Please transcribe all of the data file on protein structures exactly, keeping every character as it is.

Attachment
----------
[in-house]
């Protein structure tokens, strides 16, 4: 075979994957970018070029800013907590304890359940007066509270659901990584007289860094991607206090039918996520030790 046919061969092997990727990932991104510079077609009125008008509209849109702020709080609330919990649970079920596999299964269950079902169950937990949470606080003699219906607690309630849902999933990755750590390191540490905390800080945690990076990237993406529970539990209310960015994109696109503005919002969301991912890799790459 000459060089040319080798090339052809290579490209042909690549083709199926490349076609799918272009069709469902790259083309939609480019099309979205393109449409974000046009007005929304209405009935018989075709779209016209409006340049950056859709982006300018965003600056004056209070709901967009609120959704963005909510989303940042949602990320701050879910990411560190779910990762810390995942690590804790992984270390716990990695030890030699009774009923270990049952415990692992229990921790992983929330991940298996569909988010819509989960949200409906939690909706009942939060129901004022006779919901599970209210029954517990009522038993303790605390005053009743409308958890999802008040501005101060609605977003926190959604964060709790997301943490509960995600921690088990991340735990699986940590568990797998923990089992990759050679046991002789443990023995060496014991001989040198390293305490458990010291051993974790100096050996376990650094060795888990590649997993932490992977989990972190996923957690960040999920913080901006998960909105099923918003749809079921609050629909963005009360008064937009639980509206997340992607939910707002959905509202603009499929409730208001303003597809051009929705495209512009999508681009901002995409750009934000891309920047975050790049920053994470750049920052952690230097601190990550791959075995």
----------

[in-house]
């Protein structure tokens, strides 16, 4: 075979994957970018070029800013907590304890359940007066509270659901990584007289860094991607206090039918996520030790 046919061969092997990727990932991104510079077609009125008008509209849109702020709080609330919990649970079920596999299964269950079902169950937990949470606080003699219906607690309630849902999933990755750590390191540490905390800080945690990076990237993406529970539990209310960015994109696109503005919002969301991912890799790459 000459060089040319080798090339052809290579490209042909690549083709199926490349076609799918272009069709469902790259083309939609480019099309979205393109449409974000046009007005929304209405009935018989075709779209016209409006340049950056859709982006300018965003600056004056209070709901967009609120959704963005909510989303940042949602990320701050879910990411560190779910990762810390995942690590804790992984270390716990990695030890030699009774009923270990049952415990692992229990921790992983929330991940298996569909988010819509989960949200409906939690909706009942939060129901004022006779919901599970209210029954517990009522038993303790605390005053009743409308958890999802008040501005101060609605977003926190959604964060709790997301943490509960995600921690088990991340735990699986940590568990797998923990089992990759050679046991002789443990023995060496014991001989040198390293305490458990010291051993974790100096050996376990650094060795888990590649997993932490992977989990972190996923957690960040999920913080901006998960909105099923918003749809079921609050629909963005009360008064937009639980509206997340992607939910707002959905509202603009499929409730208001303003597809051009929705495209512009999508681009901002995409750009934000891309920047975050790049920053994470750049920052952690230097601190990550791959075995």